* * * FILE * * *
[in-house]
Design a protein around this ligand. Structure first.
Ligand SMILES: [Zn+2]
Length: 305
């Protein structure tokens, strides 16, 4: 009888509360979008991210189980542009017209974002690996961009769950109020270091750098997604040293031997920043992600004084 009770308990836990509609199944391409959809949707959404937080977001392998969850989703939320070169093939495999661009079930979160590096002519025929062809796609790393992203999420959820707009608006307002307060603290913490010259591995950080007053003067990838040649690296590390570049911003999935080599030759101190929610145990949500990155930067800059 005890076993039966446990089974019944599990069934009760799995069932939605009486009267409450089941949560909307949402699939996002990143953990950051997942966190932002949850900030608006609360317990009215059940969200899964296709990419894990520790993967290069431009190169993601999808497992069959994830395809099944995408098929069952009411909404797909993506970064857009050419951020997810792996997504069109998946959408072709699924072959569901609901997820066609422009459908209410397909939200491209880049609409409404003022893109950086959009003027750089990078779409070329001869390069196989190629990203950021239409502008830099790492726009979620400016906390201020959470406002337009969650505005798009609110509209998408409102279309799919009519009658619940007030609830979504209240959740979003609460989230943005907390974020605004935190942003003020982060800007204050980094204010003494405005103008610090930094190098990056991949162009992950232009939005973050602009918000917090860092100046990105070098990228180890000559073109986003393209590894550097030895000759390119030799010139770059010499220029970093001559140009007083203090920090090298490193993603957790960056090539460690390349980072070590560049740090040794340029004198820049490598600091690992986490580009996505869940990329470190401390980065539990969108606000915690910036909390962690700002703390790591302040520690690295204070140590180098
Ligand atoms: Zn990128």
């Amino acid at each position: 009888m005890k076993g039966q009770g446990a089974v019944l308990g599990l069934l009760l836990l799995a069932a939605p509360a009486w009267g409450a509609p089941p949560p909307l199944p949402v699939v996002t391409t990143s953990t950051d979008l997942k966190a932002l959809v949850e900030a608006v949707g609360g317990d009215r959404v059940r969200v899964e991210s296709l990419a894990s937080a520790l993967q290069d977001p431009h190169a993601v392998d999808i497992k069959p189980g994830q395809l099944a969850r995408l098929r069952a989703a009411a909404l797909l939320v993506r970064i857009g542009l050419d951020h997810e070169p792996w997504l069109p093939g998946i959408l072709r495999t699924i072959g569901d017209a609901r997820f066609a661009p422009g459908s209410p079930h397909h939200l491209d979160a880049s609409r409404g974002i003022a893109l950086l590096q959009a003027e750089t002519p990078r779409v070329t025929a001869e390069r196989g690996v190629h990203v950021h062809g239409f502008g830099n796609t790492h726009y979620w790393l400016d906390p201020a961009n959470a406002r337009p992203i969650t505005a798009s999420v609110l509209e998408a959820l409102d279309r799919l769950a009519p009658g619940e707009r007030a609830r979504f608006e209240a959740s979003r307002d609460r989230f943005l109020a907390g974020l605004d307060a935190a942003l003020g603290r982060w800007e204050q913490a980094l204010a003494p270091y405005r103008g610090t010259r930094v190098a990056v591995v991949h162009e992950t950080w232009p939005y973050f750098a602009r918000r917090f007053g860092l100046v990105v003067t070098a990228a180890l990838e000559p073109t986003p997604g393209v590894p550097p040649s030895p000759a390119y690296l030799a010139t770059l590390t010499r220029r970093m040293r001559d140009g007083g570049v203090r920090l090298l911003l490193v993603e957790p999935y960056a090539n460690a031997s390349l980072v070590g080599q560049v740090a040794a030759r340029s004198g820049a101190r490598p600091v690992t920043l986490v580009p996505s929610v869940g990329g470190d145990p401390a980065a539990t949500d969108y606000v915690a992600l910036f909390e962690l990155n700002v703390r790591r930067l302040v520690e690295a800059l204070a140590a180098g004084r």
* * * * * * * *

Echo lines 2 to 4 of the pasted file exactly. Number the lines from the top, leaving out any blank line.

Design a protein around this ligand. Structure first.
Ligand SMILES: [Zn+2]
Length: 305